We finally got around to venturing inside York Minster today with two small children in tow.
Yes, it is beautiful and magnificent, but unlike other cathedrals we’ve been in, York Minster has hands-on activities for adults and children. There was this thing inside (called an orb apparently) that looks a bit like a cancerous growth, but which you can walk inside to learn more about the stained glass. It was very good.
Daniel was particularly enthralled by an activity which involved making your own stained glass windows via a touch screen:
There were moments of child-led embarrassment. At one point, Daniel pointed to a sculpture of Jesus Christ nailed to the cross and asked (in his loud voice), “Who’s that guy?”.
Then there was the begging me to ask where the toys are. All up though, I think both kids enjoyed the minster and that’s the main thing. York Minster also provides explorer backpacks with lots of little activities inside for children to borrow.
If you’re wondering what the difference is between a cathedral and a minster, a cathedral is the seat of a Bishop while a minster is an anglo-saxon word for a missionary church (whatever that means).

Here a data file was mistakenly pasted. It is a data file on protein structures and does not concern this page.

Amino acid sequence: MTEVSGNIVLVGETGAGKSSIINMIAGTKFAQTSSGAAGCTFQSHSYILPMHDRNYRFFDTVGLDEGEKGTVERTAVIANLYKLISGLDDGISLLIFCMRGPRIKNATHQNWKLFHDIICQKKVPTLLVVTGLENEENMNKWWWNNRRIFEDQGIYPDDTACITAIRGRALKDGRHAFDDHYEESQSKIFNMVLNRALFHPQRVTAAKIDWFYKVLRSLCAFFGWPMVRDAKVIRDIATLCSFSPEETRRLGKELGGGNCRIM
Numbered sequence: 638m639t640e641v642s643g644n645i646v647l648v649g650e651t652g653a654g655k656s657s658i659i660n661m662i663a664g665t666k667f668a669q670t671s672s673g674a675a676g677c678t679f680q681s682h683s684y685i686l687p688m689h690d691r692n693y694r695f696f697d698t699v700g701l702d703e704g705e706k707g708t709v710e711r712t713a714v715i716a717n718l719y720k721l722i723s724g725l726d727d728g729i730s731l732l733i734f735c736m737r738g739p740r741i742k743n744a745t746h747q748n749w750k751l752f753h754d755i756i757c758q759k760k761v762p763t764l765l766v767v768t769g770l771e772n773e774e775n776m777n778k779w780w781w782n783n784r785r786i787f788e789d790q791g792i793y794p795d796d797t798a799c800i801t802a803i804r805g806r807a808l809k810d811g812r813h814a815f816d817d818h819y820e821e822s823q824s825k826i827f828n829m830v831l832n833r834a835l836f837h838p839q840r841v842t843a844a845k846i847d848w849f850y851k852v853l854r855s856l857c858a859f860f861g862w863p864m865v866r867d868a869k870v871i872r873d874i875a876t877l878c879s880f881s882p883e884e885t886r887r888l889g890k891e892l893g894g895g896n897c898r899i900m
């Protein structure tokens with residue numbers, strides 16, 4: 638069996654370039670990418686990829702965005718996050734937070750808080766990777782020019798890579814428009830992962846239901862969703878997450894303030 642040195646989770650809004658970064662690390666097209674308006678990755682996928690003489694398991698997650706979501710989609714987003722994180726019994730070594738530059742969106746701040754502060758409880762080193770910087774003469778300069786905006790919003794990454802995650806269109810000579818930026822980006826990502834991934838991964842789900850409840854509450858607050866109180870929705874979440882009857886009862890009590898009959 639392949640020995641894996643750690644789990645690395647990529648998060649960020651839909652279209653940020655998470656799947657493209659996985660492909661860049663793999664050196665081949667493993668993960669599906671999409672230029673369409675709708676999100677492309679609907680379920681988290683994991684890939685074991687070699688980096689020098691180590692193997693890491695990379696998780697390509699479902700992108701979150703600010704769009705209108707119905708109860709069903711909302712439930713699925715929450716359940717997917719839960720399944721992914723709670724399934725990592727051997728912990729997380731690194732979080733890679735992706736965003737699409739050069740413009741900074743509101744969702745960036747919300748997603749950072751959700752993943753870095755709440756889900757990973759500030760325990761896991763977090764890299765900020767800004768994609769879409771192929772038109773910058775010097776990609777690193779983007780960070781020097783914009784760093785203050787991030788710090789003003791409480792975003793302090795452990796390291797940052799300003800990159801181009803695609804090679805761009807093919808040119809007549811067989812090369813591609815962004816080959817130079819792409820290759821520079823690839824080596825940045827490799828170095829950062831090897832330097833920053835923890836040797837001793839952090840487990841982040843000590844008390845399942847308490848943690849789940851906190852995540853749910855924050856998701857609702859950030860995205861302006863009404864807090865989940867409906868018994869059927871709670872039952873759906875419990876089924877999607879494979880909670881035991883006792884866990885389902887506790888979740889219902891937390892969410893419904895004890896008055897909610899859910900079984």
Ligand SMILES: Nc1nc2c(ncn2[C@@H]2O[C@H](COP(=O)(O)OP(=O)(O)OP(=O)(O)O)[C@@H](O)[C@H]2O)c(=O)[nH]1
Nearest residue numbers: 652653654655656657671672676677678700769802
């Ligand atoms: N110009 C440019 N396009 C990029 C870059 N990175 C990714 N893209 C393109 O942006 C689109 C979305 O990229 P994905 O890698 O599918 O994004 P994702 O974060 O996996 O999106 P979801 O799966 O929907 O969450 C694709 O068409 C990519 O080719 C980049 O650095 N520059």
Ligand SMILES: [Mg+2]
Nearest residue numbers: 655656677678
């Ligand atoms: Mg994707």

Work began on the Cathedral in 1080 and it has been added to and modified over the centuries. They are currently undertaking a colossal conservation effort of an entire wall of stained glass. They detail what’s involved in this process and it’s a monumental task involving all sorts of specialist teams. This particular wall of glass is the size of a tennis court. This is what it should look like when complete:
Right next to the Minster is this terrific green space. Isn’t York beautiful?
Another bicycle photo. This time of me with Busby the Bakfiets. I love my bike. I’m already dreading the time when I must say goodbye to it. When that time comes I will channel my grief into Auckland-bashing. You have been warned.
One last thing. Ben took the children to the park yesterday on Busby so that I could have some free play at home. Not only did he forget to take helmets for the kids but the whole bike fell over at one point. The consequence of this was howls of laughter from both children who thought it was the funniest thing ever. It turns out they don’t bang their heads on the ground when the bike falls over.